• Voter Purges: What Georgians Heading to the Polls Need to Know

      Charges of voter suppression have been levied in the governor’s race in Georgia in recent weeks, pitting the secretary of state and GOP candidate Brian Kemp against critics, including his Democratic opponent Stacey Abrams, who say that he’s using his perch as the chief election official to benefit his own candidacy.

      The race, which the Cook Political Report currently lists as a toss-up, has received national attention. The controversy has raised questions about whether some Georgians will be turned away at the polls.

      Here’s what’s happened so far, and what voters need to know.

      In 2017, Georgia passed a new “exact match” law, supported by Kemp, which requires that voter registration applications precisely match information on file with the Georgia Department of Driver Services or the Social Security Administration.

    • Voter Registration Around Austin Smashed Records. That May Be a Problem.

      Travis County, Texas — the home of Austin — has experienced a massive spike in voter registrations this cycle, which officials there attribute to the heightened interest in the state’s competitive Senate race. The county received around 35,000 registrations on the final day to submit them — that’s 10,000 more than on the same day in 2016.

      While the increase in voter participation is good news, the recent surge is complicated by the fact that the registrations were submitted on paper. Texas is one of only 13 states not to have online voter registration. About a dozen county employees are now sifting through thousands of applications, verifying them and entering them into the state’s voter rolls by hand.

      Of the 35,000 registrations received on Oct. 9, 25,000 have yet to be processed. Early voting starts Monday. County officials recognize that the haste required to process that many applications is likely to lead at least some voters to experience problems at the polls.

    • Washington Post Saudi Link; Assange Has Partial Wi-Fi; Harvard Lawsuit

      Lazare joins us to discuss a recent Intercept article, “The Washington Post, as it Shames Others, Continues to Pay and Publish Undisclosed Saudi Lobbyists and Other Regime Propagandists,” by Glenn Greenwald. It questions the Washington Post grieving one of its journalists while at the same time continuing ties with the Saudi regime: “In the wake of the disappearance and likely murder of Washington Post columnist Jamal Khashoggi, some of the most fervent and righteous voices demanding that others sever their ties with the Saudi regime have, understandably, come from his colleagues at that paper… addressing unnamed hypothetical Washington luminaries who continue to take money to do work for the despots in Riyadh, particularly Saudi Crown Prince Mohammed bin Salman bin Abdulaziz Al Saud, or ‘MbS’ as he has been affectionately known in the Western press.” But Greenwald says Post writers should ask those question of themselves, given the paper’s history of favorable reporting on Saudi Arabia’s government. What do we make of these headlines?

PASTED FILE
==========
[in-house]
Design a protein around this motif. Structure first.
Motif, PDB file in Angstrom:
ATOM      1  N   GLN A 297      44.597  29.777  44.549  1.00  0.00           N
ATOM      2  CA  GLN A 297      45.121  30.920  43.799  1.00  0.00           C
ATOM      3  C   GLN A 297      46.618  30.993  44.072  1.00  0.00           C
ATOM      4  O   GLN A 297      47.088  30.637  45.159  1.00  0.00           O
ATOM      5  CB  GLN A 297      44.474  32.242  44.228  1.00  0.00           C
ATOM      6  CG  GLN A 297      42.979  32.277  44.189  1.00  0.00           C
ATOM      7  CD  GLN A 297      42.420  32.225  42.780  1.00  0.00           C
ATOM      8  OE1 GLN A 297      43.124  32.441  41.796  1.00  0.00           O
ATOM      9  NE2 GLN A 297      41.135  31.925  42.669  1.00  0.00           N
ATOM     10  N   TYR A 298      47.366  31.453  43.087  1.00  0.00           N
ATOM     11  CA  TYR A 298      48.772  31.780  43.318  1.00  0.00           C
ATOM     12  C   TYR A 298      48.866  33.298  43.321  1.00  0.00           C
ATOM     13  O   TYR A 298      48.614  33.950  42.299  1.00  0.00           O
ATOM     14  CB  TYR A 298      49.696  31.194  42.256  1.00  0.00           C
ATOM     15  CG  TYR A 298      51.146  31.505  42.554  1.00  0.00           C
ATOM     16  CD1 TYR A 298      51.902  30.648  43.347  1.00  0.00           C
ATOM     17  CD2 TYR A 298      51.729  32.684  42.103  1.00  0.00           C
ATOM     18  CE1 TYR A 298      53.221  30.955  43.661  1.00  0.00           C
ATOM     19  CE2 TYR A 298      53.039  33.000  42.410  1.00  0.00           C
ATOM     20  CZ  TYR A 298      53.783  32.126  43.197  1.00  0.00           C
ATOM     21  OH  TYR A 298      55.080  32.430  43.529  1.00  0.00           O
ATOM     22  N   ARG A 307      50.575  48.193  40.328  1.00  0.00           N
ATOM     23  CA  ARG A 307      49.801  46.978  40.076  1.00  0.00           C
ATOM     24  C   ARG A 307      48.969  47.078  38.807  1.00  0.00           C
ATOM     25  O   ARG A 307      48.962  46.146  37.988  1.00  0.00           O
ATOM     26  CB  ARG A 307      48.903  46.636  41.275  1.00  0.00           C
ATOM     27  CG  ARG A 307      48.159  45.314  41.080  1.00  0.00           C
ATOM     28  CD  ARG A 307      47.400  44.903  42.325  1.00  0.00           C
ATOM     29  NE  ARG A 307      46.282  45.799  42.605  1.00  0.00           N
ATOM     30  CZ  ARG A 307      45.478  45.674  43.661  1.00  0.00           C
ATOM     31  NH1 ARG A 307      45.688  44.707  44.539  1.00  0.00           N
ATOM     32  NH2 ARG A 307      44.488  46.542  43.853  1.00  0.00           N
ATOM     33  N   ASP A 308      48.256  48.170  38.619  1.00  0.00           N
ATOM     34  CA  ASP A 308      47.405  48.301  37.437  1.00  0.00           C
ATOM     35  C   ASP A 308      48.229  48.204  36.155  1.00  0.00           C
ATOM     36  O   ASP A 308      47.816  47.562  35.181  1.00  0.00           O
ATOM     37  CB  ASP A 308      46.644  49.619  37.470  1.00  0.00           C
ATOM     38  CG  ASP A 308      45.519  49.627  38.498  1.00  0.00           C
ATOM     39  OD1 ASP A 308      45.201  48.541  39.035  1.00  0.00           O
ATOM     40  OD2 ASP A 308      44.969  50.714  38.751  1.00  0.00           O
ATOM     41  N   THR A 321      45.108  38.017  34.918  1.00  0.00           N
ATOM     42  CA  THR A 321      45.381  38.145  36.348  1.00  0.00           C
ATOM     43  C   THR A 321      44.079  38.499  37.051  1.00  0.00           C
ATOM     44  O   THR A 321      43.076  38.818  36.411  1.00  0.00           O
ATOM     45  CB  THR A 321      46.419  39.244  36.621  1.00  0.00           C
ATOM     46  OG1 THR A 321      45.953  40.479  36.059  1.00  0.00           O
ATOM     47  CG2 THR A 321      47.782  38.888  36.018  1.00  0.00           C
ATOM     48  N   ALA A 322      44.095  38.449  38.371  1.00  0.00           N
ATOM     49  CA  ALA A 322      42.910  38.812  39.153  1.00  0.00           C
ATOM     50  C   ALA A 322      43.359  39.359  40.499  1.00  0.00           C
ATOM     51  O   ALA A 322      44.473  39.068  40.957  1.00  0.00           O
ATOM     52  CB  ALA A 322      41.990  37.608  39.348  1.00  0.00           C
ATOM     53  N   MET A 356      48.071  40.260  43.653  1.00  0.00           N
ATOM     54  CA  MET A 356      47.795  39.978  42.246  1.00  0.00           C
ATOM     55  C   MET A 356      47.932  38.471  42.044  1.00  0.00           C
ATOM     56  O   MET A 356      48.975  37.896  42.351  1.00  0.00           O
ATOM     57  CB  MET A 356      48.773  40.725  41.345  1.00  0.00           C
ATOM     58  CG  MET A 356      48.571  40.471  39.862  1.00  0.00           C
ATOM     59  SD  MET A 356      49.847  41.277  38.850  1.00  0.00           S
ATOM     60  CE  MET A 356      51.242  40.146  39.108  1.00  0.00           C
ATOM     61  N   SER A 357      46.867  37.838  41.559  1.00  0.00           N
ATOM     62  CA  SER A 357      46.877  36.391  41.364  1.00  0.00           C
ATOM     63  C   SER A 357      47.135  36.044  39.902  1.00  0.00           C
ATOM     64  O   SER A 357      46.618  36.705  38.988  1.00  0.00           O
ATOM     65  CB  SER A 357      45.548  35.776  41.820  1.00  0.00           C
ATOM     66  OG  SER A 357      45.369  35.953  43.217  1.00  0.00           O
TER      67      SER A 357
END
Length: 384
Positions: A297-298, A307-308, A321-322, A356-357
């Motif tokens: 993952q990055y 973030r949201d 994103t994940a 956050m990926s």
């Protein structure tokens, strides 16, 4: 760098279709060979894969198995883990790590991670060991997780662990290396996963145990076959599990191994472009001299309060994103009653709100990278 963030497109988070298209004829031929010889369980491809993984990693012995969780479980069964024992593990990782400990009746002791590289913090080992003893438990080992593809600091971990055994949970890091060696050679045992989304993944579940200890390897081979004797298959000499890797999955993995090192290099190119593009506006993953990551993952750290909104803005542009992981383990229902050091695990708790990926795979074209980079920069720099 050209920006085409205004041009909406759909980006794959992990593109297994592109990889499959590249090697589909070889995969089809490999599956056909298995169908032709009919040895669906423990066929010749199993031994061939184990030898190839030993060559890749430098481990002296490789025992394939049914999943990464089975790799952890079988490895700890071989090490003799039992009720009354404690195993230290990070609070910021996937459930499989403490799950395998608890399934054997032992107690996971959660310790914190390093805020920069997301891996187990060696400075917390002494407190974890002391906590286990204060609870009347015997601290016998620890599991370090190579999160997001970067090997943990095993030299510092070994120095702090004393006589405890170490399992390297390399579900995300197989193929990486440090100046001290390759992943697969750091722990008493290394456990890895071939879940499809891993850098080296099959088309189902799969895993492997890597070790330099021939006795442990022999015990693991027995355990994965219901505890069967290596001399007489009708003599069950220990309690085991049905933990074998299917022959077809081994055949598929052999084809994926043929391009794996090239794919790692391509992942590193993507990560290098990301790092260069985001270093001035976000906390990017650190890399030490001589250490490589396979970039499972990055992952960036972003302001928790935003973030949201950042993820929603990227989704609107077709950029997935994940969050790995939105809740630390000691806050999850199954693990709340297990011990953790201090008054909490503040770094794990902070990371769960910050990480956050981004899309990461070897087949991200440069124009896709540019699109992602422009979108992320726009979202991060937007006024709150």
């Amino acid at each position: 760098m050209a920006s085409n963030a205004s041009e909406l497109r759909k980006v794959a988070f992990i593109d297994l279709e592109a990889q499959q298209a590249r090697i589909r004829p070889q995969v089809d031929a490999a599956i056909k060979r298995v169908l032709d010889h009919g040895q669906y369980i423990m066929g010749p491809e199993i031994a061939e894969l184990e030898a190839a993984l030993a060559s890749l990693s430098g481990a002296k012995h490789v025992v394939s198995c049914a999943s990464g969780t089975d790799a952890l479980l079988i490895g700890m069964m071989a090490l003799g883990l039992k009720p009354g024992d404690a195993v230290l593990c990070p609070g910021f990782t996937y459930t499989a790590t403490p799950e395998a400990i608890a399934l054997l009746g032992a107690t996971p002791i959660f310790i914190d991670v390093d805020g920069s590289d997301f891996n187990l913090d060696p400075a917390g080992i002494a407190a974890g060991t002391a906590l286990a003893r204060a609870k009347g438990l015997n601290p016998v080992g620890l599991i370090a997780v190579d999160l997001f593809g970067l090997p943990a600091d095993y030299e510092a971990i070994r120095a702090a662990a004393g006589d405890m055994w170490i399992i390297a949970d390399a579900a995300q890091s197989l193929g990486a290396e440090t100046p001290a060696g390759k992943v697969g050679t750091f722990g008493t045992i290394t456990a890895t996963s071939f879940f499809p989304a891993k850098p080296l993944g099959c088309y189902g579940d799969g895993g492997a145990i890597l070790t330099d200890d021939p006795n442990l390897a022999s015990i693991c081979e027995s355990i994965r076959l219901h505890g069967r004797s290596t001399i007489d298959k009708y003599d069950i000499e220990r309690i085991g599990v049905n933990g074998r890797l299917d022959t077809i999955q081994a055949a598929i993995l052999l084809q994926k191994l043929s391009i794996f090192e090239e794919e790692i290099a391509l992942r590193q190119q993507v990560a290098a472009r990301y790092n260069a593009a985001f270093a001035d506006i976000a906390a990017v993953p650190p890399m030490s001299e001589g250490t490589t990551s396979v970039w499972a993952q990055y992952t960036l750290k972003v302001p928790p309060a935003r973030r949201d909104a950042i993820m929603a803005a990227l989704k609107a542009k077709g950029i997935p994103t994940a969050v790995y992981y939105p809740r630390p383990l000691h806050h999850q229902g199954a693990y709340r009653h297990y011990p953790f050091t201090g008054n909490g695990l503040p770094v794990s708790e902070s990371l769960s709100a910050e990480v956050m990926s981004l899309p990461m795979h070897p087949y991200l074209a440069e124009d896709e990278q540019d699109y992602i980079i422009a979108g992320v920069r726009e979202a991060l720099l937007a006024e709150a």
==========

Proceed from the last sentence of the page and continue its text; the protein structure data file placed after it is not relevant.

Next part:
• Pump and Trump

      Donald Trump claims he only licensed his name for real estate projects developed by others. But an investigation of a dozen Trump deals shows deep family involvement in projects that often involved deceptive practices.

  • Censorship/Free Speech
    • Jokes can spark threats

      I feel that as a woman, people will give you hell just because they can. If it is very nasty, I tend to ignore it. Somedays, when I am in a really bad mood, I may give it back to them in the same vein though. When asked which video of hers received a lot of flak, Saadiya recounts, “There was a video of mine on Muslims; nothing derogatory, I was just making fun of my own people. That ticked off a lot of Muslims. I also speak of topics that are hardcore feministic and this doesn’t go down well with a lot of people.

      “The threats range from I should get raped or killed to asking me to put out my address if I was that brave because they wanted to teach me a lesson. A lot of these people don’t even understand jokes, sarcasm or satire. They pick some words, form their own ideas and get offended. Now how is this my fault?”

    • Stand up for journalists and the free press by opposing the Future Investment Initiative!
    • Political correctness: an elite ideology